My apologies for such a long absence from this forum…it’s been a busy second half of the year.
One of the two big annual U.S. government reports on China was released this week. (The other is the annual DoD China military power report.) I haven’t had a chance to read it at all yet…but don’t let that stop you! Here you go:
From the press release announcing the report:
“…This year also marked several milestones for China’s decades-long military modernization efforts, fueled in part by a defense budget that has averaged 12 percent growth over the past decade. China has recently achieved several military “firsts”: it flight tested its first stealth fighter, conducted a sea trial of its first aircraft carrier, and made progress towards deploying the world’s first anti-ship ballistic missile.
While all nations have the right to develop the means to defend themselves, the Commission continues to be concerned with the opacity of China’s military development and intentions, which invites misunderstanding. And, in particular, our report notes China’s development of its cyber capabilities, focusing on the growing evidence that Beijing sponsors or condones computer network intrusions against foreign commercial and government targets. When combined with the military’s excessive focus on other disruptive military capabilities, such as counterspace operations, it presents an image of Chinese intentions that diverges significantly from Beijing’s official policy of peaceful development.
As a result of China’s growing economic and military strength, Beijing increasingly acts with greater assertiveness on the international stage. In the South China Sea, for example, Beijing insists on treating a multilateral maritime dispute as a series of individual bilateral issues, much to the consternation of the other claimants. Furthermore, newly acquired maritime security capabilities provide China with a means for backing up its excessive territorial claims in the region. Over the past year, China repeatedly asserted its interests by harassing Indian, Philippine and Vietnamese fishing and oil exploration vessels in the South China Sea. The willingness to place Chinese national interests ahead of regional and global stability is also demonstrated in Beijing’s relations with both North Korea and Iran.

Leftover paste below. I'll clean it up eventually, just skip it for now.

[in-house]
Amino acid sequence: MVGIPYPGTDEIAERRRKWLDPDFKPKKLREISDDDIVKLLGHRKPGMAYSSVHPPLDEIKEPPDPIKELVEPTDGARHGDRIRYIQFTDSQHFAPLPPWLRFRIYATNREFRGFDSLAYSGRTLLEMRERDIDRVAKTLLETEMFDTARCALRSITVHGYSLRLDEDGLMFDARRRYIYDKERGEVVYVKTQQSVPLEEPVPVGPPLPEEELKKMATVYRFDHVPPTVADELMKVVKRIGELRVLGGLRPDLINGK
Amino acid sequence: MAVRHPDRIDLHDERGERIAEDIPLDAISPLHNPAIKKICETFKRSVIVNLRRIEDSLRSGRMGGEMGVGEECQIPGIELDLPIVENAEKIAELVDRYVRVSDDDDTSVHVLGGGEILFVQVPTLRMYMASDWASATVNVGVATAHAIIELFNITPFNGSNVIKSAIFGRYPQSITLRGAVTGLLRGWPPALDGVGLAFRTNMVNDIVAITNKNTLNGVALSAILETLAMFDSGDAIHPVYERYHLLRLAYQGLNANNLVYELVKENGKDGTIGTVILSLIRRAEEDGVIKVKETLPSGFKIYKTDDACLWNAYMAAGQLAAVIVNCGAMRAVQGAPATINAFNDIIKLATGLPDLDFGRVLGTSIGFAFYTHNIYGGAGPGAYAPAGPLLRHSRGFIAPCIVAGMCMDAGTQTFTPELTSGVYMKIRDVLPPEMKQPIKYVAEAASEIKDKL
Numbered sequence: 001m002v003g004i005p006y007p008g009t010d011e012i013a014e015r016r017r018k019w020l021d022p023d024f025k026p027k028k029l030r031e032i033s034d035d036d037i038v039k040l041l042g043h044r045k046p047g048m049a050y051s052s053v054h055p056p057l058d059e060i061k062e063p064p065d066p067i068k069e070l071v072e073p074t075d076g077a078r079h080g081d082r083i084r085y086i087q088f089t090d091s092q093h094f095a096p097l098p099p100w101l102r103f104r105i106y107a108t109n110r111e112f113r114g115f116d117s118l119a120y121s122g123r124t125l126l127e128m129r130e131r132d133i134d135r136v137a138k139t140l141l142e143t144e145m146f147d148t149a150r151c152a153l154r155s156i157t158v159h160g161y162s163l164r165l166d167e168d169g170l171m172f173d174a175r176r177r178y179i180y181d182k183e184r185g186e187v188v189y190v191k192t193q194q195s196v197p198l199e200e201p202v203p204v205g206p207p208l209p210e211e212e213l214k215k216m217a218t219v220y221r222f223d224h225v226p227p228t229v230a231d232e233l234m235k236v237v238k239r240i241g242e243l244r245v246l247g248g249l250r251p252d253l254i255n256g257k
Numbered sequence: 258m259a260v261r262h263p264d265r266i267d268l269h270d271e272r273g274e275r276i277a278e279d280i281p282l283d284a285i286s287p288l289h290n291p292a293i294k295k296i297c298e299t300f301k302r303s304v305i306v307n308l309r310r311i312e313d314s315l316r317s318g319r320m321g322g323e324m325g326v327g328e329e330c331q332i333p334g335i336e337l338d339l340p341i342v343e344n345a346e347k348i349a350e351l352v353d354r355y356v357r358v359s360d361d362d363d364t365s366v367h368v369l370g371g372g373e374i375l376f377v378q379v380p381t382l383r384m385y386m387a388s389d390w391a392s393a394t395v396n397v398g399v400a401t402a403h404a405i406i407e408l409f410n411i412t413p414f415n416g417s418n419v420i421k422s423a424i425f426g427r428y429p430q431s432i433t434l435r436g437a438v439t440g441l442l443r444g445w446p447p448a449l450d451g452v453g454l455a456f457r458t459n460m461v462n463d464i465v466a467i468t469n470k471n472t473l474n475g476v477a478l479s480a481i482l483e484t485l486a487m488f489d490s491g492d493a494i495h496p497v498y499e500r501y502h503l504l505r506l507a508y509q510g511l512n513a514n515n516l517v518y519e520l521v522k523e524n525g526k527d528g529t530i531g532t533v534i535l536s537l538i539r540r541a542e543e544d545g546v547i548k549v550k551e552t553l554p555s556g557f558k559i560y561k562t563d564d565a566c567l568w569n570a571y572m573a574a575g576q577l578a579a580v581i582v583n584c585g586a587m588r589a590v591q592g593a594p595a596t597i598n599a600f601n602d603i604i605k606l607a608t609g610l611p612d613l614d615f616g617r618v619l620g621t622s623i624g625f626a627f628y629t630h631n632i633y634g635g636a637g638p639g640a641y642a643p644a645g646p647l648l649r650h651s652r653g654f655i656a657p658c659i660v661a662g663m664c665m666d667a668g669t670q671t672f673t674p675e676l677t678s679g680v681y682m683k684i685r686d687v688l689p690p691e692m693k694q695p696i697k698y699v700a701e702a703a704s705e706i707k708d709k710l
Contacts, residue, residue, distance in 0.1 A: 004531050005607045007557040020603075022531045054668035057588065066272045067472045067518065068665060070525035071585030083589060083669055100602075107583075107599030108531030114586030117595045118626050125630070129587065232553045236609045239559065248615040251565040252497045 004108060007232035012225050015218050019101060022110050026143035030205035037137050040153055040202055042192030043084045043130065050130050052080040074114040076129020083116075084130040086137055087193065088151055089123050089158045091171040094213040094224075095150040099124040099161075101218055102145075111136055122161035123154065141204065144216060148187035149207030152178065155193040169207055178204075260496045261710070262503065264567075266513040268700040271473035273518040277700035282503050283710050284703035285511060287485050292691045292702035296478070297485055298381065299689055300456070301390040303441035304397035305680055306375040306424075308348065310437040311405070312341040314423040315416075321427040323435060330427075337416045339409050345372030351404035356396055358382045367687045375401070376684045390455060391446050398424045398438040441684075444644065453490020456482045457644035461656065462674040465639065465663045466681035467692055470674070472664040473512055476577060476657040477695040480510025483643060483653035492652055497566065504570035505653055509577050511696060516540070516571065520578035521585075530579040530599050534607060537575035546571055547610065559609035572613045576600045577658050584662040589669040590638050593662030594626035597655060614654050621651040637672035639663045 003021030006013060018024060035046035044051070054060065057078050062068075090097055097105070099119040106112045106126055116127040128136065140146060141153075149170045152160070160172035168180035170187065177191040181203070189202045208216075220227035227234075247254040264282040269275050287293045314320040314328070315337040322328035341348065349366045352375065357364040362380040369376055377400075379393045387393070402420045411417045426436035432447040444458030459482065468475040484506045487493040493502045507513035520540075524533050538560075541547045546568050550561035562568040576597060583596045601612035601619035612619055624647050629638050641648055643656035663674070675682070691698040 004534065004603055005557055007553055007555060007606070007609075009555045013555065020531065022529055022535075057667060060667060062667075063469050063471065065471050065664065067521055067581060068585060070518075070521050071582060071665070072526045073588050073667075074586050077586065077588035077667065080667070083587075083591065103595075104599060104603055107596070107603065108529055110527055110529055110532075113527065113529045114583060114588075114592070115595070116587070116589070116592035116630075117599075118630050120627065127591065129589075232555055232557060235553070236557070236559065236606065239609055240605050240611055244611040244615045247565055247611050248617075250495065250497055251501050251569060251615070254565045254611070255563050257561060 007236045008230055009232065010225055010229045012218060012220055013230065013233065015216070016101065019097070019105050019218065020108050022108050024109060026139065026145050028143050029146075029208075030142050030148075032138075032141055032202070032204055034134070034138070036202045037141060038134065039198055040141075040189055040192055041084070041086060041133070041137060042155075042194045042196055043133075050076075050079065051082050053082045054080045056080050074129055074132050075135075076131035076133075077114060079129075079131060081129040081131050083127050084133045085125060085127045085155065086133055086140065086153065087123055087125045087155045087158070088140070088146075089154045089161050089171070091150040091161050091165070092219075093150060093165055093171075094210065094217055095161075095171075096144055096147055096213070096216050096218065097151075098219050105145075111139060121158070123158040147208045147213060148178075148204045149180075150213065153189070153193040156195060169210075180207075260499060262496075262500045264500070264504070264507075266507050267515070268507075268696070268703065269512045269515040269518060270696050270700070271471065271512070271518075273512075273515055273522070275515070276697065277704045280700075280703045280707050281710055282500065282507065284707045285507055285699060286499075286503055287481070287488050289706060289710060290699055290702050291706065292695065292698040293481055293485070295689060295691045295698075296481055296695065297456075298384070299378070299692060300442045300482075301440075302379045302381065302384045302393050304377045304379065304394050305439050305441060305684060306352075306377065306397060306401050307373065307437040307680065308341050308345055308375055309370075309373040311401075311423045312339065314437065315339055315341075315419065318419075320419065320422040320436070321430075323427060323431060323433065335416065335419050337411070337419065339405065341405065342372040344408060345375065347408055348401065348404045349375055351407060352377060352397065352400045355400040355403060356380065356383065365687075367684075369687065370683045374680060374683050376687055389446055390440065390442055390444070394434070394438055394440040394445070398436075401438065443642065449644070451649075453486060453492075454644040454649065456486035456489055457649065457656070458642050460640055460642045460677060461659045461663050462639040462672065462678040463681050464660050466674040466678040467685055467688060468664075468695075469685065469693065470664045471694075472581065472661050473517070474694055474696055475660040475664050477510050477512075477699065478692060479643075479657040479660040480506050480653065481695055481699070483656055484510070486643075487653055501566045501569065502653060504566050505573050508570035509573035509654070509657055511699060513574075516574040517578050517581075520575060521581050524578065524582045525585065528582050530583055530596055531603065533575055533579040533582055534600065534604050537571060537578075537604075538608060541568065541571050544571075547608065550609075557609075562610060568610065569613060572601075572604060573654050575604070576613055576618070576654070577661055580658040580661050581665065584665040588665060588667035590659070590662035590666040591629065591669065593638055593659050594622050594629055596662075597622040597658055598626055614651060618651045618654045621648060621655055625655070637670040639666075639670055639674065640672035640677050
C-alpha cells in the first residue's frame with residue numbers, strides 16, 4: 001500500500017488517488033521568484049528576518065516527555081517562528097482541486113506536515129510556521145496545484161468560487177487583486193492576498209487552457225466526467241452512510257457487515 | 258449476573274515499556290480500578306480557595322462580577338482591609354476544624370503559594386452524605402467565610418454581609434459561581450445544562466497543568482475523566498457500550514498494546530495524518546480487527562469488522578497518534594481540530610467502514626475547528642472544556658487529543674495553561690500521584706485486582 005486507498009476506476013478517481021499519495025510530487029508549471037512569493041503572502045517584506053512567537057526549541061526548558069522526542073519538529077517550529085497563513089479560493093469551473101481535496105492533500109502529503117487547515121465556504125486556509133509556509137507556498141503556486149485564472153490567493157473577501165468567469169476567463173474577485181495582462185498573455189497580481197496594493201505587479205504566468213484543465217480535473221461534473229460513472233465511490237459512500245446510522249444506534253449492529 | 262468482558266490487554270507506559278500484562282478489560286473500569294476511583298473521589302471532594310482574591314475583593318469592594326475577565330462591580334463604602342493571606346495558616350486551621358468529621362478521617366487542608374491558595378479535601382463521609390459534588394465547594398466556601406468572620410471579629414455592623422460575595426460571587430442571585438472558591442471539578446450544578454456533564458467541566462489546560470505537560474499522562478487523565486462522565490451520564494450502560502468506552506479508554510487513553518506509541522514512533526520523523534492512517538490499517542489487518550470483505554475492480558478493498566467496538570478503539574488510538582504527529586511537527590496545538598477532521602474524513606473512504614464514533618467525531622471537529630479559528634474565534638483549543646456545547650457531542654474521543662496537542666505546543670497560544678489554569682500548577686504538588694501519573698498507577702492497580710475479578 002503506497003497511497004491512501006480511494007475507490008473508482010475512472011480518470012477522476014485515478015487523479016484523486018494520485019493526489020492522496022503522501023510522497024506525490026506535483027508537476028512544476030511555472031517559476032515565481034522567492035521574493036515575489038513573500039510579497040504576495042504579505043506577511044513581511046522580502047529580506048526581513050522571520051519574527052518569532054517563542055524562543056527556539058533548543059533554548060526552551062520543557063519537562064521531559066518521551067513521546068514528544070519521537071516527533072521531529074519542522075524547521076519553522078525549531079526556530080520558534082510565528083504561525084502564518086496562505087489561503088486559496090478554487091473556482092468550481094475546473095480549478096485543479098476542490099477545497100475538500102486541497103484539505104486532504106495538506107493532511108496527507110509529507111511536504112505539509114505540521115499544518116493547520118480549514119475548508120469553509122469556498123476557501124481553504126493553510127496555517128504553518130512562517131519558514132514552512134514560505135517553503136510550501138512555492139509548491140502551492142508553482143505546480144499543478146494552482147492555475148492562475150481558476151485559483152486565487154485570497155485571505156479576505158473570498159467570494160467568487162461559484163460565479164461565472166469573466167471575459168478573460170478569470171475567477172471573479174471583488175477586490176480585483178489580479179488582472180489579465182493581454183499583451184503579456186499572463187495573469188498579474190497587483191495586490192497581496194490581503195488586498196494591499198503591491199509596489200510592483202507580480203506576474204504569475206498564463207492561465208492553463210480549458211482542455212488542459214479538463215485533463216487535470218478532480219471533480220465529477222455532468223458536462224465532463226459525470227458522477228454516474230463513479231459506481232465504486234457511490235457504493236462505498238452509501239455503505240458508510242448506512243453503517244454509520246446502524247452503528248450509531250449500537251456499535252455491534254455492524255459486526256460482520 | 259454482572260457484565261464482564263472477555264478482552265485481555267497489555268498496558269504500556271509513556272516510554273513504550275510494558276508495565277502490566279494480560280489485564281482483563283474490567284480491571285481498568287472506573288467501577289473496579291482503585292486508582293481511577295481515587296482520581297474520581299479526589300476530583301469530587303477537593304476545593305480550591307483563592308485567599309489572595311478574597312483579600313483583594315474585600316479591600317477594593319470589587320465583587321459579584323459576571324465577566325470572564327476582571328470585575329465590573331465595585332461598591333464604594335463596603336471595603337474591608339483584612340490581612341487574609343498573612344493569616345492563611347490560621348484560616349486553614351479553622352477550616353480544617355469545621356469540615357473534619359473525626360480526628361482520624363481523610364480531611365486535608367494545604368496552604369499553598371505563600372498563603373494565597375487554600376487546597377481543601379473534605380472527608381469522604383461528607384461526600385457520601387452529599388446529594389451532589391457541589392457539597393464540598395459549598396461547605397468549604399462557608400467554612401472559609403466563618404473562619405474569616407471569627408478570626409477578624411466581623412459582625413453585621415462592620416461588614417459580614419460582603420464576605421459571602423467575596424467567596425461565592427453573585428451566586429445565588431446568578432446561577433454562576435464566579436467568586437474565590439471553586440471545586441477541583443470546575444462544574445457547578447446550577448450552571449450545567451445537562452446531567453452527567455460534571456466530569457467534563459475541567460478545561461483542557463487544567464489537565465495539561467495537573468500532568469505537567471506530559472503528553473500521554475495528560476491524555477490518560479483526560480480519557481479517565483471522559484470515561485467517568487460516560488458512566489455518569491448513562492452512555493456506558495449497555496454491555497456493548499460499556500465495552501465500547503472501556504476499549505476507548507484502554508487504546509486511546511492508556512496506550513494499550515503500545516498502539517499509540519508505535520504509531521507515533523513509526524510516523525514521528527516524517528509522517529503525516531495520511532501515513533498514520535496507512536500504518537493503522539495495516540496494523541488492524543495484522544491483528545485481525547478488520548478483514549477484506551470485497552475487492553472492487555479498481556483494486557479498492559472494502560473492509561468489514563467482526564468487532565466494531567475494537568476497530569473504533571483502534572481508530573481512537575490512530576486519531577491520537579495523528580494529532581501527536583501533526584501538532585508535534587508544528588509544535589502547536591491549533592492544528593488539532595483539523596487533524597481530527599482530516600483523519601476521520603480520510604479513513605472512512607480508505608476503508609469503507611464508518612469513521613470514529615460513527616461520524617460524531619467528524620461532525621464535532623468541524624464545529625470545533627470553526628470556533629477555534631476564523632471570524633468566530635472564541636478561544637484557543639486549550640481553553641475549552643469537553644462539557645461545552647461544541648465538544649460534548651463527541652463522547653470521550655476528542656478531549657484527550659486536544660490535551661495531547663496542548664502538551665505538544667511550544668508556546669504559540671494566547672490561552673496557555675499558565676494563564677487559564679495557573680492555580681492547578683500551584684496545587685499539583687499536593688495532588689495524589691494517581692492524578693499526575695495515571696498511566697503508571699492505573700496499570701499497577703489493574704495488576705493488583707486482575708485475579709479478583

China’s rapidly growing economic and military strength entitles it to play a significantly larger role in the international system. Former U.S. Trade Representative Robert Zoellick anticipated that when he called on China to be a “responsible stakeholder” nearly ten years ago. Since he said that, however, we have learned it is unrealistic to assume China will simply fit neatly and cleanly into a Western economic and political system that alternately exploited and rejected it for the past hundred and fifty years, and which the Chinese Communist Party has spent most of its life repudiating…”